NEWS - Sunday, November 21, 2004


Video Game Programmers Give Their All

Carnations and lilies were the final indignity. The bouquet, which arrived at her door on a sunny Saturday in September, was from her fiance, a video game programmer who was working his eighth consecutive 72-hour week. Far from being flattered, the woman poured out her anger and frustration in a 2,000-word essay that she posted on the Internet under the pseudonym "ea spouse." "The love of my life comes home late at night complaining of a headache that will not go away and a chronically upset stomach," she wrote. "My happy supportive smile is running out." Within 48 hours, ea spouse had received more than 1,000 sympathetic responses -- from colleagues of her fiance at Electronic Arts and from men and women across the fast-growing $25 billion video game industry. "People regularly joke about forgetting their wives’ names, but it’s not funny," said one senior developer, who asked that his name not be published. "When I read ea spouse’s article, it just hit me." Part of the culture since its founding as a garage industry in the mid-1970s, the video game business has been fueled by a dicey mix of testosterone and caffeine. Now, as those workers mature along with their industry, many are grappling with failed relationships, neglected families, weight gain and anxiety attacks. They complain that as budgets and expectations for games explode, so do the workloads for those making them. For their part, games companies don’t dispute that their employees often put in long hours but contend that the workload is balanced with good pay, benefits and perks. "Everyone who works in a game studio knows that the hard work that comes with (finishing) games isn’t unique to EA," said Electronics Arts spokeswoman Tammy Schachter. Nonetheless, more than half of game developers expect to leave the industry within 10 years, according to an April survey by the International Game Developers Association. Nearly 60 percent of those questioned said crunch periods were normal, and 47 percent said they weren’t compensated for overtime hours. Only 3 percent said their employers counted all the overtime hours they had worked. `Crunch time’ That ea spouse lashed out at Electronic Arts is, in part, a function of EA’s size. With 5,100 workers, the Redwood City, Calif.-based publisher is the world’s biggest. But it isn’t the only company that expects its developers to work 60 to 80 hours a week during the weeks and months leading up to the final release of games -- referred to in the industry as "crunch time." Developers from other companies tell similar stories. True, office campuses boast gleaming gyms, expansive swimming pools, gourmet cafeterias and volleyball courts, but, as one developer put it, "these things just sit there and mock us." "The best use of the swimming pool so far was by someone who jumped into it and started flipping off his managers on his last day of work," said the developer, who asked not to be named. Although ea spouse has become the online standard bearer for games workers, the battle actually began in July, when current and former workers sued EA over allegations that they were owed overtime pay. The company declined to comment on the lawsuit. "Unfortunately this kind of thing is prevalent throughout the industry," said Jason Della Rocca, executive director of the International Game Developers Association in San Francisco. What irritated ea spouse most, she said, was that Electronic Arts appeared to exploit her fiance’s love of video games. "It’s so difficult, because we love the game industry," ea spouse said during an interview. `Constant stress’ But, she said, "he hasn’t been home for dinner to stay for months. It’s a constant stress. I can’t see him suffer without suffering myself. I noticed a change in him. All his interests have gone away. He’s constantly on the verge of getting sick. He’s pale and unresponsive." She acknowledged they understood long hours came with the job. Neither, though, was prepared for what they said were weeks on end without a break. "They increased the mandatory hours to 9 a.m. to 10 p.m., six days a week," ea spouse said. "Then it went up to seven days. They were just so pompous about it." Some contrast the non-union game industry with the heavily unionized movie business, which often employs former game workers to produce digital special effects and computer animation work. The Walt Disney Co., DreamWorks Animation SKG and Warner Bros. have labor contracts that require them to pay overtime for every hour worked beyond 40 hours a week. Alternative compensation Most programmers at EA are classified as salaried employees exempt from overtime pay. The lawsuit filed in July disputes that categorization, saying that game developers should be paid on an hourly basis because they don’t have managerial responsibilities. Instead, many game companies lavish other goodies on their workers, mostly free food. For example, the flowers sent to ea spouse were part of a company-paid effort to boost morale. "Instead of giving their workers time off, they try to buy them off with frivolous things," said ea spouse, who still plans to marry the EA employee. "I didn’t want flowers. I wanted my fiance."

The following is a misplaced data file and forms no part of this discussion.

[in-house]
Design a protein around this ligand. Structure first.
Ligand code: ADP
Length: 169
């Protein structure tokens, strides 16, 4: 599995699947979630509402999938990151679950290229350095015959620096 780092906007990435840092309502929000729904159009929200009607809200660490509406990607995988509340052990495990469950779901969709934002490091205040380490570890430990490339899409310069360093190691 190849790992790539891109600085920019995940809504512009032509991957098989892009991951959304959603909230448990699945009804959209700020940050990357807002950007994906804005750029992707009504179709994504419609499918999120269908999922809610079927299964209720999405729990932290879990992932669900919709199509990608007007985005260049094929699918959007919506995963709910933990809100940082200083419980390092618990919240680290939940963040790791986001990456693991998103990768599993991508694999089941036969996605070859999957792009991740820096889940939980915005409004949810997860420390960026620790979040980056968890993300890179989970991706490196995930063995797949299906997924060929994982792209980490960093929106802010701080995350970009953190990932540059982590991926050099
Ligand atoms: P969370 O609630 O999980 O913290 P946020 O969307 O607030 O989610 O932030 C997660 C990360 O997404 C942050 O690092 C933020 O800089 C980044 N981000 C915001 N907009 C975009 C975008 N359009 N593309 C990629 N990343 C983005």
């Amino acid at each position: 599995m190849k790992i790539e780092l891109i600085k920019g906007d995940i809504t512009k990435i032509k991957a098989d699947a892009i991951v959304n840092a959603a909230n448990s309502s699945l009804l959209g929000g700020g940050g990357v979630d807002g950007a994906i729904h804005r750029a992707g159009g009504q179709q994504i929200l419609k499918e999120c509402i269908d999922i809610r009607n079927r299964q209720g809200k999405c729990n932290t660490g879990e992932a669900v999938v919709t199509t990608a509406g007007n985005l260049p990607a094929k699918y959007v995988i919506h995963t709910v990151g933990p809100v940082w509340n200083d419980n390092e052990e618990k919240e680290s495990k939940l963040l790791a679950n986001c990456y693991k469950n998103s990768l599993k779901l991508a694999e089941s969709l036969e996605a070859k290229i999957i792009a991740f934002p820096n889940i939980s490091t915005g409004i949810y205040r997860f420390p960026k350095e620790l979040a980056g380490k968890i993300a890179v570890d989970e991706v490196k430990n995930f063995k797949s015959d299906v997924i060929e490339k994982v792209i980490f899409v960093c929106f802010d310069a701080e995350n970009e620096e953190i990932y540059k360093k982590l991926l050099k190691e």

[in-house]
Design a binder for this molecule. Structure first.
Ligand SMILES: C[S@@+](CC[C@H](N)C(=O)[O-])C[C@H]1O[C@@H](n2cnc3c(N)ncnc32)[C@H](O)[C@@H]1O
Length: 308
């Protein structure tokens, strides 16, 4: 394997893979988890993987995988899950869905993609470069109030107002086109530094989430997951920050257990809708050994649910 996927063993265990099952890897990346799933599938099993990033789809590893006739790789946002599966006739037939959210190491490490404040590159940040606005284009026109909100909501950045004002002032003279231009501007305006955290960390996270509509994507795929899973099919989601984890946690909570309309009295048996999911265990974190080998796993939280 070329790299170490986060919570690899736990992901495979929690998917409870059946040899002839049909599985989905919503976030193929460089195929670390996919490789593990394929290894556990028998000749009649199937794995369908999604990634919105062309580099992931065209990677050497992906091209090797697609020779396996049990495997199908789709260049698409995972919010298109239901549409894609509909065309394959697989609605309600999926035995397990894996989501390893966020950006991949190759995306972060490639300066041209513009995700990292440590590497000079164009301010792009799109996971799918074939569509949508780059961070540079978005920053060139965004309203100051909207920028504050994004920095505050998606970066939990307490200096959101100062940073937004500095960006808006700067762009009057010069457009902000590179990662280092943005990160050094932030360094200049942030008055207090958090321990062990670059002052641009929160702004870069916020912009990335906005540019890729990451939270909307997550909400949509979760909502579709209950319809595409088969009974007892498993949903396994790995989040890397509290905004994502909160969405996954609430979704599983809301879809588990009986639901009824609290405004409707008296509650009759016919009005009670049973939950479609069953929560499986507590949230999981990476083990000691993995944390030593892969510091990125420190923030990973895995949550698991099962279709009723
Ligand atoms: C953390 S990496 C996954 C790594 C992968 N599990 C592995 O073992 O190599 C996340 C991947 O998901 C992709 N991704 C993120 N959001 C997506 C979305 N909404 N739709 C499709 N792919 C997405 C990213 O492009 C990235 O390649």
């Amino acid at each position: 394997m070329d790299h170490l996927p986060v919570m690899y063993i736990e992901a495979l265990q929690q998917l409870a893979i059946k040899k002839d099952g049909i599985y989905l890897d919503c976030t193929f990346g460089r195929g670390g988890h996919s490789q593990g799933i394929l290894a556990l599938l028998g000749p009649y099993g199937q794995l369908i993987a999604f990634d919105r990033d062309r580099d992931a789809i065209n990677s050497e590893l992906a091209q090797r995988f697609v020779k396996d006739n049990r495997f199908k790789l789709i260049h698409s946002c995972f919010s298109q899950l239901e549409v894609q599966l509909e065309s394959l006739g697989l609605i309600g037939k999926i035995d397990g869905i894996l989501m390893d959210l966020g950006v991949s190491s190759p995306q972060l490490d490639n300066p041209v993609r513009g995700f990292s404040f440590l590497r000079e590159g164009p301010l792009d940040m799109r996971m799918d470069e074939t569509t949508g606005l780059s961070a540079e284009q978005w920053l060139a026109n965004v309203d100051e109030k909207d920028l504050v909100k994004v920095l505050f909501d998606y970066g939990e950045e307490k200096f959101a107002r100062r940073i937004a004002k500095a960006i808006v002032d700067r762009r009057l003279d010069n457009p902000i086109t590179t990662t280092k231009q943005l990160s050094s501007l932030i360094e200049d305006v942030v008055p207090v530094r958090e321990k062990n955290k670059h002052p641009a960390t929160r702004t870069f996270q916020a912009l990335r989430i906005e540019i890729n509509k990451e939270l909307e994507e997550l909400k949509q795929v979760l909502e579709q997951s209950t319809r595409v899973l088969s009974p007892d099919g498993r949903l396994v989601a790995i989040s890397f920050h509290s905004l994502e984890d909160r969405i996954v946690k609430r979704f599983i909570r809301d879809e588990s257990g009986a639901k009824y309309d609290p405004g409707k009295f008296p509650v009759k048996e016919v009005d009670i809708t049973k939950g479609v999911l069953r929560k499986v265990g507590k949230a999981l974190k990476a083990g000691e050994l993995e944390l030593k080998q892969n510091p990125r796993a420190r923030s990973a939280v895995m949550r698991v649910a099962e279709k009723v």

Source: http://www.chron.com

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